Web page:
5. #5
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    Why does everyone paint truss roofs with such a broad brush ?
    ?

  6. #6
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    Cool Truss Roof Policy

    Our policy is we vent them as needed..... Yes, even commercials..... Just because it's a lightweight truss doesn't mean you shouldn't get on it, IMHO. Let the situation dictate if it's a Go/No Go situation.

    As far as venting the attic, I say do it. We've had good success with venting attic fires. We work away from the fire on strong wood. A good rule of thumb that I use with my Truck Company is: conventional construction heat hole goes over the fire, lightweight construction heat hole goes close to the fire on/in good wood. If you're talking flat-commercial lightweight construction, I say still vent it but work off your main structural members (think beam(s) here). An effective vent hole does not have to be perfectly square so cut on the fire's side and drag your head-cut parallel to the main structural member. If you have (2) saws working (which you should on ALL commercial vent jobs) have the 2nd saw cut the #2 and parallel cut. Keep the sections attached to a rafter and dice the size needed. Once the head cut is made, the original sawyer can prep the #4 cut. Louver the pieces, check the heat hole is efficient in size and get down. Obviously there are a couple more steps here, but this seems basic to me.....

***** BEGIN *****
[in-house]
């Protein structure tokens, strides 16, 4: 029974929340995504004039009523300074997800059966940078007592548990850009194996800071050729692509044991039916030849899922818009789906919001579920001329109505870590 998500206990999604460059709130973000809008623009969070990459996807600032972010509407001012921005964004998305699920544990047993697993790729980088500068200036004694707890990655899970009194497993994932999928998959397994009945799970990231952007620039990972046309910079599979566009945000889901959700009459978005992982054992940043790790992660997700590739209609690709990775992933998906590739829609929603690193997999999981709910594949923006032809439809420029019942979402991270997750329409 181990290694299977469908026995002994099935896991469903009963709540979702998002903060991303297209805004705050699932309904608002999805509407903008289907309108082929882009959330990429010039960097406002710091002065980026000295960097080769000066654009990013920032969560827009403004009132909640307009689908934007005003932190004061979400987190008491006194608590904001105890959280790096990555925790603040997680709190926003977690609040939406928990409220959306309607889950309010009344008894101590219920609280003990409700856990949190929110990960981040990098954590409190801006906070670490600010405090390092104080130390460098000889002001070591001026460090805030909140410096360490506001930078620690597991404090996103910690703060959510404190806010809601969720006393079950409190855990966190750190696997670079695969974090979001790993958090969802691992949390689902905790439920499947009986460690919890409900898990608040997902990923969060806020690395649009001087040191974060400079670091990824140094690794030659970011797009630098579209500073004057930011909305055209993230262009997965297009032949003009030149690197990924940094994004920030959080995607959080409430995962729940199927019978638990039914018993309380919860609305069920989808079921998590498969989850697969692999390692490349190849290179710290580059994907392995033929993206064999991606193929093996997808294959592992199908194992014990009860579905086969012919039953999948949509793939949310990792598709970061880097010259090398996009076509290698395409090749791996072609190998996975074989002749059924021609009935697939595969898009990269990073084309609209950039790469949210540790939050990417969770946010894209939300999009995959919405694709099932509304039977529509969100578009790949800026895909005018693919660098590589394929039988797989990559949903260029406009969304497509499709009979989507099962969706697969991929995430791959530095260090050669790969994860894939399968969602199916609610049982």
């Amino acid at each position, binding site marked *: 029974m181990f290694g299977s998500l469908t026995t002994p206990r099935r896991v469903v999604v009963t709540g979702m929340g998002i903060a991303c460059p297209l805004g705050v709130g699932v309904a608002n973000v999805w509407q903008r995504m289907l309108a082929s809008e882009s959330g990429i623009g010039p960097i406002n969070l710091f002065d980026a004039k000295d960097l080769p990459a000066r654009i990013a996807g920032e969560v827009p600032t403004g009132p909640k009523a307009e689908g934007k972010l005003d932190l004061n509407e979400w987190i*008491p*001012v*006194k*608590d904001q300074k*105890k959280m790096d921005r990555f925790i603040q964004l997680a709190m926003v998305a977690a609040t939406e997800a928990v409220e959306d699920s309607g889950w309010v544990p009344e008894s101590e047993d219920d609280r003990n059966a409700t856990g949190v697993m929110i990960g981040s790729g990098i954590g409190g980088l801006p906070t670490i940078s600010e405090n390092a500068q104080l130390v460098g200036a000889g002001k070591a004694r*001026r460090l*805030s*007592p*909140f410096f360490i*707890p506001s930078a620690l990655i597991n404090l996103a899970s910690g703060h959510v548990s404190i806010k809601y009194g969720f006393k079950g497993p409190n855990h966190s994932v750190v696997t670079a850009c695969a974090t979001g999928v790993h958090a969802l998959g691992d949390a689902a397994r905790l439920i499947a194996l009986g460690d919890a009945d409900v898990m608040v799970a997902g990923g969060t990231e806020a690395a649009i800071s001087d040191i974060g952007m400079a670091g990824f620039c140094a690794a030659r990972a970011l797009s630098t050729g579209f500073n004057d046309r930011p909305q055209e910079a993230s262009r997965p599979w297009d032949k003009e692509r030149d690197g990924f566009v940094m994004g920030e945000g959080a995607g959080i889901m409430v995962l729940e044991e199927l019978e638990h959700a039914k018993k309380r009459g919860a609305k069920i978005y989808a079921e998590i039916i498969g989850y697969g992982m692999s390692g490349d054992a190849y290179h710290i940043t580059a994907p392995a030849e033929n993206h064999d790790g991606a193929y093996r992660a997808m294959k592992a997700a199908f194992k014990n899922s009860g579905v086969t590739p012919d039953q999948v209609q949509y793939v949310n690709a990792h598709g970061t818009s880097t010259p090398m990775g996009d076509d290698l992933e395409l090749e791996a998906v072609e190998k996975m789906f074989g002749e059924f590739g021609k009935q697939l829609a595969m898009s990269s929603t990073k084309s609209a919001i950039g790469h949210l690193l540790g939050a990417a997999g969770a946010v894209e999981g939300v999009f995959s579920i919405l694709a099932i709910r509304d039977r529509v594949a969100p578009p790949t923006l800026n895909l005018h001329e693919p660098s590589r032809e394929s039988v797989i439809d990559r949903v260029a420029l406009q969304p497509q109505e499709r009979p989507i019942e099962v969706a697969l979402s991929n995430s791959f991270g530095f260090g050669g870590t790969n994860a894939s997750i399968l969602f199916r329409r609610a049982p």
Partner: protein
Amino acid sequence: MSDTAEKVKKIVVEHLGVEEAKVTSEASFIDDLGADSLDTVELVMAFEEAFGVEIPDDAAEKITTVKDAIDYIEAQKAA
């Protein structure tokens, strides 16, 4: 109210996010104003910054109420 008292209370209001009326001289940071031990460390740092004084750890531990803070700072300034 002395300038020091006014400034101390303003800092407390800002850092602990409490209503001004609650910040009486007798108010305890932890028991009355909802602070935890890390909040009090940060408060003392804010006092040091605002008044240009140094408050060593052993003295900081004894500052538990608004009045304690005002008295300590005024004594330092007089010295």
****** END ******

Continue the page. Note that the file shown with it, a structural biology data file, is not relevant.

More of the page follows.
Just because it's lightweight construction doesn't mean I'm gonna take my tools and go home or just let it burn. Seems easier to modify my travel route, train, train, train, make the heat hole, confirm it's working, and then get off the roof.

    For the FDs out there that don't operate on lightweight trusses I'm curious do you confirm it's lightweight, evac out, set-up exposure protection 1 1/2 times the height of the bldg and let it burn? If we did that, we'd let approx. 80% or so of our bldgs burn down so it makes me curious the thought process associated with this mind thought.....
    "Be LOUD, Be PROUD..... It just might save your can someday when goin' through an intersection!!!!!"